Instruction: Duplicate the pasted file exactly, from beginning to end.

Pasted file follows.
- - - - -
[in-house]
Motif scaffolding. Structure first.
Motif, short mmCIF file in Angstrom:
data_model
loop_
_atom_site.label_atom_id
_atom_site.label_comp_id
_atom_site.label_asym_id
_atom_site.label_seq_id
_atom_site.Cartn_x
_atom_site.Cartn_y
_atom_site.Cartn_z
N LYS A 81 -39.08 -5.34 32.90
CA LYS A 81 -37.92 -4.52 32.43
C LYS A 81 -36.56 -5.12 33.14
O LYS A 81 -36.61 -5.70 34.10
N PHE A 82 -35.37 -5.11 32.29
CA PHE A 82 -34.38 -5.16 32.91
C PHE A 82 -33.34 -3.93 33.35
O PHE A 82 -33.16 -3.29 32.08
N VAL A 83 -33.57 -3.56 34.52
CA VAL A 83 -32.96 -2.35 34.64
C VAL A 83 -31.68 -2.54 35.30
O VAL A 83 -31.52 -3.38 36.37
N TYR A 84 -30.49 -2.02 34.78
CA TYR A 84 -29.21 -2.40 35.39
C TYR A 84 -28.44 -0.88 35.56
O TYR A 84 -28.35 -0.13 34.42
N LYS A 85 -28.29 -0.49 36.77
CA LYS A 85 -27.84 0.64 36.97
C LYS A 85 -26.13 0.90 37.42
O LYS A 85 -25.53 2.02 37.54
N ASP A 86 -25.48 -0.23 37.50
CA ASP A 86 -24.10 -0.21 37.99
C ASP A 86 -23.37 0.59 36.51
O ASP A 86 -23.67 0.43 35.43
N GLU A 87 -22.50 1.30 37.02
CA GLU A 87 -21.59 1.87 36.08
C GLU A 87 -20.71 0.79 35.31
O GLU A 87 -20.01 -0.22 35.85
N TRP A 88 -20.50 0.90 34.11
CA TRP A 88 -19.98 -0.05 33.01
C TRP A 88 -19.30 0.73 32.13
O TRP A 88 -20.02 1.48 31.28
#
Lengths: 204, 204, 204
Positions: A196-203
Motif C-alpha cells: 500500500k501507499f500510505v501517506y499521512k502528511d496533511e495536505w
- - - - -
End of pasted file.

[in-house]
Motif scaffolding. Structure first.
Motif, short mmCIF file in Angstrom:
data_model
loop_
_atom_site.label_atom_id
_atom_site.label_comp_id
_atom_site.label_asym_id
_atom_site.label_seq_id
_atom_site.Cartn_x
_atom_site.Cartn_y
_atom_site.Cartn_z
N LYS A 81 -39.08 -5.34 32.90
CA LYS A 81 -37.92 -4.52 32.43
C LYS A 81 -36.56 -5.12 33.14
O LYS A 81 -36.61 -5.70 34.10
N PHE A 82 -35.37 -5.11 32.29
CA PHE A 82 -34.38 -5.16 32.91
C PHE A 82 -33.34 -3.93 33.35
O PHE A 82 -33.16 -3.29 32.08
N VAL A 83 -33.57 -3.56 34.52
CA VAL A 83 -32.96 -2.35 34.64
C VAL A 83 -31.68 -2.54 35.30
O VAL A 83 -31.52 -3.38 36.37
N TYR A 84 -30.49 -2.02 34.78
CA TYR A 84 -29.21 -2.40 35.39
C TYR A 84 -28.44 -0.88 35.56
O TYR A 84 -28.35 -0.13 34.42
N LYS A 85 -28.29 -0.49 36.77
CA LYS A 85 -27.84 0.64 36.97
C LYS A 85 -26.13 0.90 37.42
O LYS A 85 -25.53 2.02 37.54
N ASP A 86 -25.48 -0.23 37.50
CA ASP A 86 -24.10 -0.21 37.99
C ASP A 86 -23.37 0.59 36.51
O ASP A 86 -23.67 0.43 35.43
N GLU A 87 -22.50 1.30 37.02
CA GLU A 87 -21.59 1.87 36.08
C GLU A 87 -20.71 0.79 35.31
O GLU A 87 -20.01 -0.22 35.85
N TRP A 88 -20.50 0.90 34.11
CA TRP A 88 -19.98 -0.05 33.01
C TRP A 88 -19.30 0.73 32.13
O TRP A 88 -20.02 1.48 31.28
#
Lengths: 204, 204, 204
Positions: A196-203
Motif C-alpha cells: 500500500k501507499f500510505v501517506y499521512k502528511d496533511e495536505w